• Cybersecurity: AI can be a great ally in the fight against cyber attacks.


Benefits of Large Language Models

There are several advantages that LLMs can provide. Due to their unsupervised machine learning, they are able to learn from unlabeled data to perform tasks such as text creation or machine translation.

Also, because they handle large amounts of data, they learn language structure. And, last but not least, they are multipurpose, meaning that they can be used in different tasks, as we have seen above.


The Other Side of LLMs

Despite all the advantages we have covered so far and all the advances that large language models have brought to the world, all that glitters is not gold. LLMs are not cheap, as large amounts of data are needed to train them. In fact, this training can take a long time, since they are very complex models, so it isn't the most agile process. Even the implementation of LLMs is not easy as it requires specialized software.

However, these drawbacks are not only found in large language models, but are present in all machine learning models. The difference between LLMs and the rest is that they perform better in very diverse and day-to-day tasks.


How LLMs Learn

Virtually all major language models are trained with a large amount of text data. But within this training, we find two styles:

  • The BERT or masked style: Where from a text segment, such as "I am passionate about (...) (...) on the beach", the model predicts masked words, in this case "playing" and "sports".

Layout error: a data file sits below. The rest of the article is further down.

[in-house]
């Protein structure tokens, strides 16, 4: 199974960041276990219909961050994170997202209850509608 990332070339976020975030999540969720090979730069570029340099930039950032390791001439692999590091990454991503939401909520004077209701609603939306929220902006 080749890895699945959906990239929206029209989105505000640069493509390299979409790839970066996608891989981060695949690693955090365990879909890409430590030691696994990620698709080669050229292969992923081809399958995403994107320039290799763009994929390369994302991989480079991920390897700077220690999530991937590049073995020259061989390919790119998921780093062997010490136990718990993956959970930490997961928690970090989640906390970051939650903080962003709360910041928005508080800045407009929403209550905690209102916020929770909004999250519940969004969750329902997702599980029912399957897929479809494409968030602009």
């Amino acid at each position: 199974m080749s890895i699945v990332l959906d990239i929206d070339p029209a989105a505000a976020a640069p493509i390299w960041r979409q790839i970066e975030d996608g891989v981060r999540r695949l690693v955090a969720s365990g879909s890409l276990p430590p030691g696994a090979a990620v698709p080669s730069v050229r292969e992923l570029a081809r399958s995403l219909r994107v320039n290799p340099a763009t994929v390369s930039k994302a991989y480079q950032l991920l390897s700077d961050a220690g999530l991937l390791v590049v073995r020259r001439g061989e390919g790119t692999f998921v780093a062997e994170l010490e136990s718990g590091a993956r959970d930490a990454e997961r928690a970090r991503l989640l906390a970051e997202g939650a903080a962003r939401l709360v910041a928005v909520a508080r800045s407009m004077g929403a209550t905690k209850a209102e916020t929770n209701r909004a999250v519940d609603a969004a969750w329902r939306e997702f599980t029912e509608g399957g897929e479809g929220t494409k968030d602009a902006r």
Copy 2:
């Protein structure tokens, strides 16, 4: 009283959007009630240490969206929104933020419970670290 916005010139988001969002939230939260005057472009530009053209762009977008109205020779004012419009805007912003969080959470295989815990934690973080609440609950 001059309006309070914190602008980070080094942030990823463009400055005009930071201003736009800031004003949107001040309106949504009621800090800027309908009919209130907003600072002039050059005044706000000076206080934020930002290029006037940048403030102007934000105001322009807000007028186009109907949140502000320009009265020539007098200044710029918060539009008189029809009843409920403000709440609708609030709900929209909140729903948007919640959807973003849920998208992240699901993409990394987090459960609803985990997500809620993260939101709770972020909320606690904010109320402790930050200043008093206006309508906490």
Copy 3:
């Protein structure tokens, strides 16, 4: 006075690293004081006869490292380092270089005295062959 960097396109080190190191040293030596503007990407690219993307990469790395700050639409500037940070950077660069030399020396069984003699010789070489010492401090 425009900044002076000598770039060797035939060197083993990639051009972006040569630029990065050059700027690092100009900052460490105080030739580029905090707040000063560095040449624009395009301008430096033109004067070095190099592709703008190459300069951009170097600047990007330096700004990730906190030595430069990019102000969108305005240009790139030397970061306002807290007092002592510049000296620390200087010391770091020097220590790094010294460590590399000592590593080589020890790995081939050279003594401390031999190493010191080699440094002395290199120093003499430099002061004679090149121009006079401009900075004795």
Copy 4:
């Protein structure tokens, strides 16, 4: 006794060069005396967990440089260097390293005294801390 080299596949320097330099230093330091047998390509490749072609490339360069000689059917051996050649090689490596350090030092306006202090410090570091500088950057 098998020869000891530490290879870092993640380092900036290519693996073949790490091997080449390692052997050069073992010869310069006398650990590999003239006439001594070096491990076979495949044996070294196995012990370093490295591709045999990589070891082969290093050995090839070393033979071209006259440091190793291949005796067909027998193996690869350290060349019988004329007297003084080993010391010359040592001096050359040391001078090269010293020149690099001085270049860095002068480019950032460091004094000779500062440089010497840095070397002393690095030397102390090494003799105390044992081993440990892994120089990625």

• The GPT or autoregressive style: In this case, you start from a text, such as "I don't like dancing", and the model predicts the following word "ballet".

We hope this has shed some light on large language models and that you have learned more in depth what is behind tools like ChatGTP in a more technical sense.

From Cyberclick, we encourage creating dynamics within your company where you rely on this type of Artificial Intelligence, not as a substitute for professionals, but as an ally to enhance the creative and technical processes, and the agility and efficiency of the company. In the future, they will become one more tool that your team uses to do their daily tasks.

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Pere Munar

Data Scientist en Cyberclick. PhD en Astrofísica por la Universitat de Barcelona con más de diez años de experiencia en investigación mediante el análisis e interpretación de datos. En 2019 redirige su carrera profesional hacia el mundo del Data Science cursando el Postgrado en Data Science y Big Data de la UB, así como participando en el programa Science To Data Science (S2DS) en Londres. Actualmente forma parte del equipo de Data Science y SEM de Cyberclick.

Data Scientist at Cyberclick. PhD in Astrophysics from the University of Barcelona with more than ten years of research experience through data analysis and interpretation. In 2019 he redirected his professional career to the world of Data Science by graduating in Data Science and Big Data from the UB, as well as participating in the Science To Data Science (S2DS) program in London. He is currently part of Cyberclick's Data Science and SEM team.